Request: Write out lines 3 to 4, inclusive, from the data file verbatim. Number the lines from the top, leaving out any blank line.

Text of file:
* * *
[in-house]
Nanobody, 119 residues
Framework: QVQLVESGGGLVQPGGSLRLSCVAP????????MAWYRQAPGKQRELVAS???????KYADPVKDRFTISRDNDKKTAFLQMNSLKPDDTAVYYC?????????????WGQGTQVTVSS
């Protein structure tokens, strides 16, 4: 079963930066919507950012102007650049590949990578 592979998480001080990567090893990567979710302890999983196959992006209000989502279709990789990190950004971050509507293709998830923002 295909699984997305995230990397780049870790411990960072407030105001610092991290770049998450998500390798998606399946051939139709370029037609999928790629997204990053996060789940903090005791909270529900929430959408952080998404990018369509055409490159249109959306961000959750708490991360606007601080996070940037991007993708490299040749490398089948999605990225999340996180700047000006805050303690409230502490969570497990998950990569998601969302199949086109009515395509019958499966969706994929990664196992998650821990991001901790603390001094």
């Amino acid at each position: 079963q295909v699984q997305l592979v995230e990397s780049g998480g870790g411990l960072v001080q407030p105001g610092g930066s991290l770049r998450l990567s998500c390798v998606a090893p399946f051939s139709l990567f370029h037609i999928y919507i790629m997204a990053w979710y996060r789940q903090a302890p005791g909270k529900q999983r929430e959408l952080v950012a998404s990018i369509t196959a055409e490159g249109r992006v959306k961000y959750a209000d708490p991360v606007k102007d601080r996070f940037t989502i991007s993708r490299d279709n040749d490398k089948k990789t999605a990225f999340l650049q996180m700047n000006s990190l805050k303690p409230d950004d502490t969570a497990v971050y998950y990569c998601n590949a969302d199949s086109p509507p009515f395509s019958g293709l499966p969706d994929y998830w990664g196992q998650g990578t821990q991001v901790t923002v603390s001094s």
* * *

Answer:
Framework: QVQLVESGGGLVQPGGSLRLSCVAP????????MAWYRQAPGKQRELVAS???????KYADPVKDRFTISRDNDKKTAFLQMNSLKPDDTAVYYC?????????????WGQGTQVTVSS
């Protein structure tokens, strides 16, 4: 079963930066919507950012102007650049590949990578 592979998480001080990567090893990567979710302890999983196959992006209000989502279709990789990190950004971050509507293709998830923002 295909699984997305995230990397780049870790411990960072407030105001610092991290770049998450998500390798998606399946051939139709370029037609999928790629997204990053996060789940903090005791909270529900929430959408952080998404990018369509055409490159249109959306961000959750708490991360606007601080996070940037991007993708490299040749490398089948999605990225999340996180700047000006805050303690409230502490969570497990998950990569998601969302199949086109009515395509019958499966969706994929990664196992998650821990991001901790603390001094």